First, make sure that your tires are properly inflated. Your owner’s manual should have the recommended inflation levels. Proper inflation can seriously reduce your risk of tire failure. Most tires will gradually lose air over time, and pressure can drop rapidly if you drive over a pothole or hit a curb. Checking tire pressure with a pressure gauge is more accurate than just looking at it. Tire pressure should also be checked when the tire is “cold” – when it hasn’t been driven for at least 3 hours.

Also check your tire’s tread. The tread is what provides grip and traction on wet or icy roads. When the tread has worn down to about 1/16 of an inch, the NHTSA recommends that it be replaced. For a visual indicator, look for the treadwear markers – raised sections in the bottom of the tread grooves at various places around the tire. When the tire tread has worn down to these indicators, you should consider replacing your tires. If you can’t find the markers, try the penny test: Put a penny in the tread groove with Lincoln’s head upside down. If you can see the top of his head, your tread is worn down to unsafe levels.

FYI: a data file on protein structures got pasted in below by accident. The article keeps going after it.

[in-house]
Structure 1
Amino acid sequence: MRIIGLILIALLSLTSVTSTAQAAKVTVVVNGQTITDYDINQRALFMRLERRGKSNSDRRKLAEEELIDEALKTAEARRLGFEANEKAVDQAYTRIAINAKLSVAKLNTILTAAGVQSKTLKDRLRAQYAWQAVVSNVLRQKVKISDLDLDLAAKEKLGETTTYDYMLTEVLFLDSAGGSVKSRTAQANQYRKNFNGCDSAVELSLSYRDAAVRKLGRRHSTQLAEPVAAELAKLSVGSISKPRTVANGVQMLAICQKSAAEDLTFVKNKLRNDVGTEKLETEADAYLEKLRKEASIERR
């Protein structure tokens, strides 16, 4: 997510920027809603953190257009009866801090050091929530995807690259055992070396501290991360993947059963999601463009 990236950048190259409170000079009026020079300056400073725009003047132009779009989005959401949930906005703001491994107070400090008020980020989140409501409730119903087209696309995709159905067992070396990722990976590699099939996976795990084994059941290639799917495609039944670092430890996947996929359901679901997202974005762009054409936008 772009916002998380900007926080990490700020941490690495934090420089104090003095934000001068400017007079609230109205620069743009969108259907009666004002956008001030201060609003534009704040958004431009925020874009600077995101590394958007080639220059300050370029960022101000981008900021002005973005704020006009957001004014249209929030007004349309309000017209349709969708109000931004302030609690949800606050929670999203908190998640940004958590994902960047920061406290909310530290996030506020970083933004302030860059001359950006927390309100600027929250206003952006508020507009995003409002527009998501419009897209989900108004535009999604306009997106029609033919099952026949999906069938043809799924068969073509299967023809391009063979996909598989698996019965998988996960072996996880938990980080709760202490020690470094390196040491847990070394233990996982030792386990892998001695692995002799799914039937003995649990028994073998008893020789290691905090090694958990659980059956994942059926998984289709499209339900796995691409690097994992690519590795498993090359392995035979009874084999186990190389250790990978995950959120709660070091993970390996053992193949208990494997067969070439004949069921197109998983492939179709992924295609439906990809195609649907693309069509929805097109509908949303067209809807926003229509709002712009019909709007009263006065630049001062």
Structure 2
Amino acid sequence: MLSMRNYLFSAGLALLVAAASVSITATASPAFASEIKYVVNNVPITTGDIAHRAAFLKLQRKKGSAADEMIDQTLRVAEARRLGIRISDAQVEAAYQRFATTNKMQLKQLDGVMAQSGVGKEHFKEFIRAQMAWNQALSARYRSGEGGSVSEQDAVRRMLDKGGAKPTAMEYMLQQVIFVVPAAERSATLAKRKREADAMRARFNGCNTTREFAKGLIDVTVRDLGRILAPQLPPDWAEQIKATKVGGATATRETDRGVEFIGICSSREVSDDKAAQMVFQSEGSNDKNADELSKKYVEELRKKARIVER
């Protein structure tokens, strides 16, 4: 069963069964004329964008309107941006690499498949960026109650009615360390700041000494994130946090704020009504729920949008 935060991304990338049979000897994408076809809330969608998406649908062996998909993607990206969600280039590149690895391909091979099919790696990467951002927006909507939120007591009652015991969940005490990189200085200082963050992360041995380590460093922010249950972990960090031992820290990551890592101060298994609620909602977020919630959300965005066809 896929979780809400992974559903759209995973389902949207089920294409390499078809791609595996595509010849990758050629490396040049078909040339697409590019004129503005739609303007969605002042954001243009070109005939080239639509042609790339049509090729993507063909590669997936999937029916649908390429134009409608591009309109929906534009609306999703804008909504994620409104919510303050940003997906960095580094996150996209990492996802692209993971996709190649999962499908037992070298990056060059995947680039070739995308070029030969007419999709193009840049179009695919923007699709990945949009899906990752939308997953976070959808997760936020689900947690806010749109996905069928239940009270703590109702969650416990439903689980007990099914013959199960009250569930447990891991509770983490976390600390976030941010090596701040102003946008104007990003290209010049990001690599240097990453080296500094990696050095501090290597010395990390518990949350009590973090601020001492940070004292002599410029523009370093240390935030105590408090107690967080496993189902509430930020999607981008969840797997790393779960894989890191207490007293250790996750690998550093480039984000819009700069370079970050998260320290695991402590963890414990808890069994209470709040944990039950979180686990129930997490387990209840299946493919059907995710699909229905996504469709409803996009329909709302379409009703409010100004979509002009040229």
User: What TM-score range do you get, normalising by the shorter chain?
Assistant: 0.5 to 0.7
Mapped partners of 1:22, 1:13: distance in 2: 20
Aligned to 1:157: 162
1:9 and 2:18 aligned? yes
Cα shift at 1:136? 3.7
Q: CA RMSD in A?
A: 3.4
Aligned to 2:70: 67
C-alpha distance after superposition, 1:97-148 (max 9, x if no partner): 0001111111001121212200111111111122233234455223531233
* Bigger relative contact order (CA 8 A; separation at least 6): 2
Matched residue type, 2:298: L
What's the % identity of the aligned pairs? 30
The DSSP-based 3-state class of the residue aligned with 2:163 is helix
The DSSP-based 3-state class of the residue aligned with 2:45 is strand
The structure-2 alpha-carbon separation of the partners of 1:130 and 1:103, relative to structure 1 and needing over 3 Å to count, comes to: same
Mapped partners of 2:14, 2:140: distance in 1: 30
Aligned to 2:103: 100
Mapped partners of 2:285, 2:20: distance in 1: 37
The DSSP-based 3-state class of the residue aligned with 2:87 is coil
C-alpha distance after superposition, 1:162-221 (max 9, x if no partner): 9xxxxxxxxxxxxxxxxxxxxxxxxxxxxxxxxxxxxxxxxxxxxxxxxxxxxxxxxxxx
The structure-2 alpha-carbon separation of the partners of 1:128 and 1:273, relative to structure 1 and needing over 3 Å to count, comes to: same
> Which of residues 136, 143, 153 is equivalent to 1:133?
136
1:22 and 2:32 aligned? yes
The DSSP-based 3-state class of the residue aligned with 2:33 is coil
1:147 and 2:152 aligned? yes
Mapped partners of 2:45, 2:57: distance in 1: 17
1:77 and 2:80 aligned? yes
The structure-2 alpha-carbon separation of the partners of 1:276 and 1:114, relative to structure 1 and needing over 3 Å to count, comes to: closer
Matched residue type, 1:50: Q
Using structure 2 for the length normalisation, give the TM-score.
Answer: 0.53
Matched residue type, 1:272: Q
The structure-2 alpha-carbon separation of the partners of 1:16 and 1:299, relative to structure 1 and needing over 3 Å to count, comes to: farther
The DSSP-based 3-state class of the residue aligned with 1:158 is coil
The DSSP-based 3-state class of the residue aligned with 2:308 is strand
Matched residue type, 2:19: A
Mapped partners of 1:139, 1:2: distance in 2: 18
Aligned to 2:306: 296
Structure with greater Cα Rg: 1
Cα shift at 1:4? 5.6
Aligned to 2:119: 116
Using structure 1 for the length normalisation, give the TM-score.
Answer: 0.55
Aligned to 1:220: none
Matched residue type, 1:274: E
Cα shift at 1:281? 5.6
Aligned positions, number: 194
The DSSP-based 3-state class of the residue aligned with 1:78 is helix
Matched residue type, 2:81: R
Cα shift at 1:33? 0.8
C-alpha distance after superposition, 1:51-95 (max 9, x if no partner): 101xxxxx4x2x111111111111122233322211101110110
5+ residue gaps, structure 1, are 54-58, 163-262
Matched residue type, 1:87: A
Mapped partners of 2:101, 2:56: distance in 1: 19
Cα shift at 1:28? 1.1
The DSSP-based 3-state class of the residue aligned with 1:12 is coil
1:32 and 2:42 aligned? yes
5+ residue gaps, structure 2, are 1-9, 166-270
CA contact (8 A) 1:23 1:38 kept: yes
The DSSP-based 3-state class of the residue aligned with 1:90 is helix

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If you get a flat tire, make sure that the repair technician is using a combination patch and plug to repair both the exterior and interior damage to the tire. Also make sure to remove the tire from the rim in order to check the inside of the tire for damage. If the sidewall of the tire is punctured, the tire should not be repaired but must be replaced.

Taking care of your tires is one of the easiest ways to keep you and your loved ones safe on the road.

Source: Tire Safety: Everything Rides On It

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